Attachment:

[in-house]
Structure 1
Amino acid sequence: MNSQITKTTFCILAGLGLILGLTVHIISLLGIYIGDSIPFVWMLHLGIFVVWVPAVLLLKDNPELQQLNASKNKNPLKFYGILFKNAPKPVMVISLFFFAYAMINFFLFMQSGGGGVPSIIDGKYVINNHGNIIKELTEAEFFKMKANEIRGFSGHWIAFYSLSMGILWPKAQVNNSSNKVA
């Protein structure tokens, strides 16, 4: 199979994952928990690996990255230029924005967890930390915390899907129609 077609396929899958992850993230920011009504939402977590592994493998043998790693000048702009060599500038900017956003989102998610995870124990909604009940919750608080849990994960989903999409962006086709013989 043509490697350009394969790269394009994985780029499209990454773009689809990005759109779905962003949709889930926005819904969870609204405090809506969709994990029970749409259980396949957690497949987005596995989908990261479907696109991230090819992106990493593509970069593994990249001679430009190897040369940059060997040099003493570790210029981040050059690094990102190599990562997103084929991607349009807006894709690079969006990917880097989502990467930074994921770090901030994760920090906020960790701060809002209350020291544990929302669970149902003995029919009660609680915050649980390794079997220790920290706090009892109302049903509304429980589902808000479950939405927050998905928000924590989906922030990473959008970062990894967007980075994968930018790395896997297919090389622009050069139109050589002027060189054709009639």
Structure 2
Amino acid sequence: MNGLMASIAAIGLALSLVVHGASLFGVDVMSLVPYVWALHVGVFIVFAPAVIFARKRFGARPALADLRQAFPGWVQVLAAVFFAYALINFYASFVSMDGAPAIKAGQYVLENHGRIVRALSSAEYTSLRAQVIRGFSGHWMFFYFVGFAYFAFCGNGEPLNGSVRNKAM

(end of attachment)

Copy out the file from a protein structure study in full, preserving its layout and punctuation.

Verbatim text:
[in-house]
Structure 1
Amino acid sequence: MNSQITKTTFCILAGLGLILGLTVHIISLLGIYIGDSIPFVWMLHLGIFVVWVPAVLLLKDNPELQQLNASKNKNPLKFYGILFKNAPKPVMVISLFFFAYAMINFFLFMQSGGGGVPSIIDGKYVINNHGNIIKELTEAEFFKMKANEIRGFSGHWIAFYSLSMGILWPKAQVNNSSNKVA
């Protein structure tokens, strides 16, 4: 199979994952928990690996990255230029924005967890930390915390899907129609 077609396929899958992850993230920011009504939402977590592994493998043998790693000048702009060599500038900017956003989102998610995870124990909604009940919750608080849990994960989903999409962006086709013989 043509490697350009394969790269394009994985780029499209990454773009689809990005759109779905962003949709889930926005819904969870609204405090809506969709994990029970749409259980396949957690497949987005596995989908990261479907696109991230090819992106990493593509970069593994990249001679430009190897040369940059060997040099003493570790210029981040050059690094990102190599990562997103084929991607349009807006894709690079969006990917880097989502990467930074994921770090901030994760920090906020960790701060809002209350020291544990929302669970149902003995029919009660609680915050649980390794079997220790920290706090009892109302049903509304429980589902808000479950939405927050998905928000924590989906922030990473959008970062990894967007980075994968930018790395896997297919090389622009050069139109050589002027060189054709009639």
Structure 2
Amino acid sequence: MNGLMASIAAIGLALSLVVHGASLFGVDVMSLVPYVWALHVGVFIVFAPAVIFARKRFGARPALADLRQAFPGWVQVLAAVFFAYALINFYASFVSMDGAPAIKAGQYVLENHGRIVRALSSAEYTSLRAQVIRGFSGHWMFFYFVGFAYFAFCGNGEPLNGSVRNKAM